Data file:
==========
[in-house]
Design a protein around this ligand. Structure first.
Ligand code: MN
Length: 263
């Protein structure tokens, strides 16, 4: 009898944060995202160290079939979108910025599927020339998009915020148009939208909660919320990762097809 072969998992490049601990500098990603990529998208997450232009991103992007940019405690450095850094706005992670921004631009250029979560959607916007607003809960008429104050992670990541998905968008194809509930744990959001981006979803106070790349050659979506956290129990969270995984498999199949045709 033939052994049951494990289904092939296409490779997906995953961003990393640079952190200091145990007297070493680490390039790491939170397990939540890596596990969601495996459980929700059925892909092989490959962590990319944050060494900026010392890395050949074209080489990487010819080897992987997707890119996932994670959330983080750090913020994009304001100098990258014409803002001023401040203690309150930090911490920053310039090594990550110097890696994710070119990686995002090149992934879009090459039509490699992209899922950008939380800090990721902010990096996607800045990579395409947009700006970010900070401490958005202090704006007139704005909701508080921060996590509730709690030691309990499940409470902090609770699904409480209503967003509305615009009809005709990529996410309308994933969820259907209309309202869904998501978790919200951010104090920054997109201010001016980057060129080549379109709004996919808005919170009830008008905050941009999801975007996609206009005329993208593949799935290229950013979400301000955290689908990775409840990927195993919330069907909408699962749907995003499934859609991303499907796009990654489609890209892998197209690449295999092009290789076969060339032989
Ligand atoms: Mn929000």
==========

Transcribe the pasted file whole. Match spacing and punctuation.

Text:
[in-house]
Design a protein around this ligand. Structure first.
Ligand code: MN
Length: 263
């Protein structure tokens, strides 16, 4: 009898944060995202160290079939979108910025599927020339998009915020148009939208909660919320990762097809 072969998992490049601990500098990603990529998208997450232009991103992007940019405690450095850094706005992670921004631009250029979560959607916007607003809960008429104050992670990541998905968008194809509930744990959001981006979803106070790349050659979506956290129990969270995984498999199949045709 033939052994049951494990289904092939296409490779997906995953961003990393640079952190200091145990007297070493680490390039790491939170397990939540890596596990969601495996459980929700059925892909092989490959962590990319944050060494900026010392890395050949074209080489990487010819080897992987997707890119996932994670959330983080750090913020994009304001100098990258014409803002001023401040203690309150930090911490920053310039090594990550110097890696994710070119990686995002090149992934879009090459039509490699992209899922950008939380800090990721902010990096996607800045990579395409947009700006970010900070401490958005202090704006007139704005909701508080921060996590509730709690030691309990499940409470902090609770699904409480209503967003509305615009009809005709990529996410309308994933969820259907209309309202869904998501978790919200951010104090920054997109201010001016980057060129080549379109709004996919808005919170009830008008905050941009999801975007996609206009005329993208593949799935290229950013979400301000955290689908990775409840990927195993919330069907909408699962749907995003499934859609991303499907796009990654489609890209892998197209690449295999092009290789076969060339032989
Ligand atoms: Mn929000």